Located in British Columbia, Canada, Simon Fraser University informed its staff and student body of a cyberattack that breached one of its servers in February. The data of some 200,000 people may have been compromised as a result of the cyberattack. While the exposed data in question did not contain financial information or insurance credentials, it did include student and employee ID numbers as well as information concerning admissions and academic standings. Fortunately, the schools internal IT division discovered the breach early enough to quickly isolate it, limiting the scope of the attack. The university informed everyone who may had been at risk and advising them to monitor their personal accounts for unusual activity.
Unfortunately, this was not the first time the school had experienced this type of event. A year earlier, the university experienced a largescale ransomware 2.0 attack. Using this updated approach, ransomware organizers exfiltrate the company’s data before encrypting it. Should the victimized organization manage to remediate the encryption attack on their own, the attackers have a backup extortion method in which they can threaten to sell or publicize the compromised data. In this instance, the data of more than 250,000 people were compromised. The information included not only ID numbers, but names, birthdates, contact information and web form data. The university was able to recover from the encryption attack in one day, although the school refused to say whether they had paid the ransom. Prior to that, the school had experienced cyberattacks on a much smaller scale.
SFU is far from the only school to be afflicted by cyberattacks. On March 13, England’s South and City College of Birmingham posted a tweet informing everyone that it had experienced a major ransomware attack that had brought all of its IT operations to a complete halt. The college had to resort to online learning in order to service it 13,000 students. In-class learning was brought back the following week once all of the affected infrastructures was remediated.
Last year, the University of California, San Francisco was forced to pay a ransom of $1.14 million after its School of Medicine had to cease operations after being encrypted from a ransomware attack. The school had experienced several unsuccessful attempts previously before being totally disrupted by this assault. Other schools that experienced similar attacks in 2020 included Michigan State University and Columbia College, Chicago. According to a report published by the cybersecurity company, BlueVoyant, ransomware attacks on colleges doubled between 2019 and 2020. Another report went on to say that a number of ransomware groups are specifically targeting educational institutions because they are so lucrative.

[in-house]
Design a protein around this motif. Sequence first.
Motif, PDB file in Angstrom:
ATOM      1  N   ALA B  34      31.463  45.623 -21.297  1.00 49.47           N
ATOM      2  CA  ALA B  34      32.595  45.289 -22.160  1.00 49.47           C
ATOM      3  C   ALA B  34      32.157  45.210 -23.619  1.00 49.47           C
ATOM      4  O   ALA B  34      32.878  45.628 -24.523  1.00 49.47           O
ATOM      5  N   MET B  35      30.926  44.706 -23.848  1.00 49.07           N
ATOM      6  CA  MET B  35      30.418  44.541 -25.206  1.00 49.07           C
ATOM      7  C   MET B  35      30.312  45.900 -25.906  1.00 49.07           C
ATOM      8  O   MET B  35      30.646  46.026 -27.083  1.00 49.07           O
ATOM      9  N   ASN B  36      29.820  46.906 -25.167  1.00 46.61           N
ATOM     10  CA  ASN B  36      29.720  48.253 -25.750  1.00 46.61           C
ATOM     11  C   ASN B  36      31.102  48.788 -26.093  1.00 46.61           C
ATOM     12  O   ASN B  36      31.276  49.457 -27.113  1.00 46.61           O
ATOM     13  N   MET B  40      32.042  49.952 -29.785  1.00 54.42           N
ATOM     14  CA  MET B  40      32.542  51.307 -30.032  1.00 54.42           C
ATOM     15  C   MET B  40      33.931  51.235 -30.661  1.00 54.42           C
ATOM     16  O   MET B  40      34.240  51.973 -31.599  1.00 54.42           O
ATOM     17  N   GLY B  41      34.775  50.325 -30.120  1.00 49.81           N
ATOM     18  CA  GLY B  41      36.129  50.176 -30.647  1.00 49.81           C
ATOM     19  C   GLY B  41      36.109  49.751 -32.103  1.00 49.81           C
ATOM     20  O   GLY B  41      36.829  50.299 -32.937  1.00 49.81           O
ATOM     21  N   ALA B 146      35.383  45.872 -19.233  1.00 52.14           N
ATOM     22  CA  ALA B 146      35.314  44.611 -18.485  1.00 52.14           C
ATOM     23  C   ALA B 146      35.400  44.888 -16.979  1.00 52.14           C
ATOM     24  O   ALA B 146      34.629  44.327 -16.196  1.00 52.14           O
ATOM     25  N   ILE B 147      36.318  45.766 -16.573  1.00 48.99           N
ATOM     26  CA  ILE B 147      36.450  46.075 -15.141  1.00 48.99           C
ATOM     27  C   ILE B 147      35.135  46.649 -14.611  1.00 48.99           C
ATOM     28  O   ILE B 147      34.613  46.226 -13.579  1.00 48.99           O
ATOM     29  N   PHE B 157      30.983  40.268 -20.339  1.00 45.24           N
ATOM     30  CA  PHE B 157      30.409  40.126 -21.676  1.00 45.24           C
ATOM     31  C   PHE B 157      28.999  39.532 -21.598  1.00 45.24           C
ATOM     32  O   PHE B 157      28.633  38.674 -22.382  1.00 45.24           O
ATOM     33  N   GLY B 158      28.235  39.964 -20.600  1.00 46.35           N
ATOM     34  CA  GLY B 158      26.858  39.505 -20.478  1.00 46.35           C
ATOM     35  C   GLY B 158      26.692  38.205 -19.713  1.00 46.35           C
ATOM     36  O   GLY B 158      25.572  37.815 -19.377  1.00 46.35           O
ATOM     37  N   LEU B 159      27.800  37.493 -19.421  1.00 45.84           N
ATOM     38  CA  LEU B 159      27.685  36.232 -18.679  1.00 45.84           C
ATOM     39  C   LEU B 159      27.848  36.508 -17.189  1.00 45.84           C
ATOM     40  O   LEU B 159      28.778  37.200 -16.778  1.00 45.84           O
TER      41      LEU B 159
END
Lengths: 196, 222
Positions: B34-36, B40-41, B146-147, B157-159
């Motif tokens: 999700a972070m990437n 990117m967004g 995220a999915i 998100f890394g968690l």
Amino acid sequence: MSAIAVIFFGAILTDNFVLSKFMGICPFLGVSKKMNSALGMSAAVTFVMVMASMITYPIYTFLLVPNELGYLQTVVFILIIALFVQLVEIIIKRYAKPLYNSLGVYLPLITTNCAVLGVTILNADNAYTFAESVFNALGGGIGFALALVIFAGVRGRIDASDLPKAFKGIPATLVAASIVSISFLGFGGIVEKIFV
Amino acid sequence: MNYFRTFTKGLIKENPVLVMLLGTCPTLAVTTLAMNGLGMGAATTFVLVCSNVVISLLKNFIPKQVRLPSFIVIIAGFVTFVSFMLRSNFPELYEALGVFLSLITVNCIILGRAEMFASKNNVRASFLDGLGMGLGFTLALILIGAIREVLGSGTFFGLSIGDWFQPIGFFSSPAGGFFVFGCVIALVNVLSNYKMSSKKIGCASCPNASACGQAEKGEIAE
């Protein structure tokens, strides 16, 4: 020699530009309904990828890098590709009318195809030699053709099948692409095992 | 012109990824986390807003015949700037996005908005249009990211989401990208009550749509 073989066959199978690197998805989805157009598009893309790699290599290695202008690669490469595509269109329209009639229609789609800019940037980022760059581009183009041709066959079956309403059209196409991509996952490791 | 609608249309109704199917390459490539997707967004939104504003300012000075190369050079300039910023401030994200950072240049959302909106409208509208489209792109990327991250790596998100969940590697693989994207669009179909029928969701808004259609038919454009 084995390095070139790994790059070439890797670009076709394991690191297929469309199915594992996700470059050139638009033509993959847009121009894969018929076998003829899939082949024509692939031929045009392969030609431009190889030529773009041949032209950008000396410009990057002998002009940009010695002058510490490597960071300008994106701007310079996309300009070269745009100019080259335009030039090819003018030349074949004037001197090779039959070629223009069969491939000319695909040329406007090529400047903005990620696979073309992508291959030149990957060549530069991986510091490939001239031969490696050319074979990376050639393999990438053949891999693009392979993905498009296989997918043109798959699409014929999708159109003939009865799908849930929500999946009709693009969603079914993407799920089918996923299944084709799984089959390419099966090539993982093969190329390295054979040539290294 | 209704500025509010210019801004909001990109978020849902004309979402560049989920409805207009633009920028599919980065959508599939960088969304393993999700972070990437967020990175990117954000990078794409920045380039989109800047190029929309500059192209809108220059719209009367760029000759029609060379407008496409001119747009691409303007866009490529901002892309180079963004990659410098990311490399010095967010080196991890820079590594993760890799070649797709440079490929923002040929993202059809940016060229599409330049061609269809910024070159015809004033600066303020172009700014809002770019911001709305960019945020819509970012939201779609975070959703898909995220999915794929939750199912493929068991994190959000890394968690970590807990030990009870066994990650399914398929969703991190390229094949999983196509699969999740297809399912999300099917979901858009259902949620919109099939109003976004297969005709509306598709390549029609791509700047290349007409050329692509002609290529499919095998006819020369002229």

Its not just ransomware attacks that colleges and universities have to contend with. According to a story in the Wall Street Journal, hackers have targeted more than 27 universities in the U.S., Canada and Southeast Asia. Their objective is to steal research about maritime technology in order to use it for military use. The fact that higher educational institutions host so much valuable and confidential research makes them a prime target for state sponsored hackers. Another reason is large deposits of personal identifiable information of large student populations. Cybercriminals can use the fresh credit histories of young people and utilize them for years. Colleges and universities are also more prone to pay ransoms than other types of organizations as they want to limit teach disruption to a minimum.
Besides being target rich environments for hackers, the open culture and lack of security controls make educational institutions extra vulnerable. Investments in cybersecurity lag behind most other industries. Enforcing minimum cybersecurity measures is extremely difficult for large scale BYOD environments. To make matters worse, large universities use a decentralized organizational structure that allows each internal school or department to make their own IT decisions. This prevents the university from establishing standard cybersecurity practices across the entire organization. In addition, younger people are less experienced when it comes to social media attacks, making them more susceptible to hacking techniques. Because student populations rotate every year, cybersecurity awareness training is extremely difficult.
There is certainly no doubt that the upward trend of cyberattacks on colleges and universities will continue. As a result, these institutions must make cybersecurity a major focus for the near future.
Schools and colleges have an obligation to protect their students and staff from cyberattacks. TitanHQ can protect the education sector with multi-layer security. Arrange a call with a TitanHQ team member to learn how we can protect your school or college. Contact us today.
Sign-up for email updates...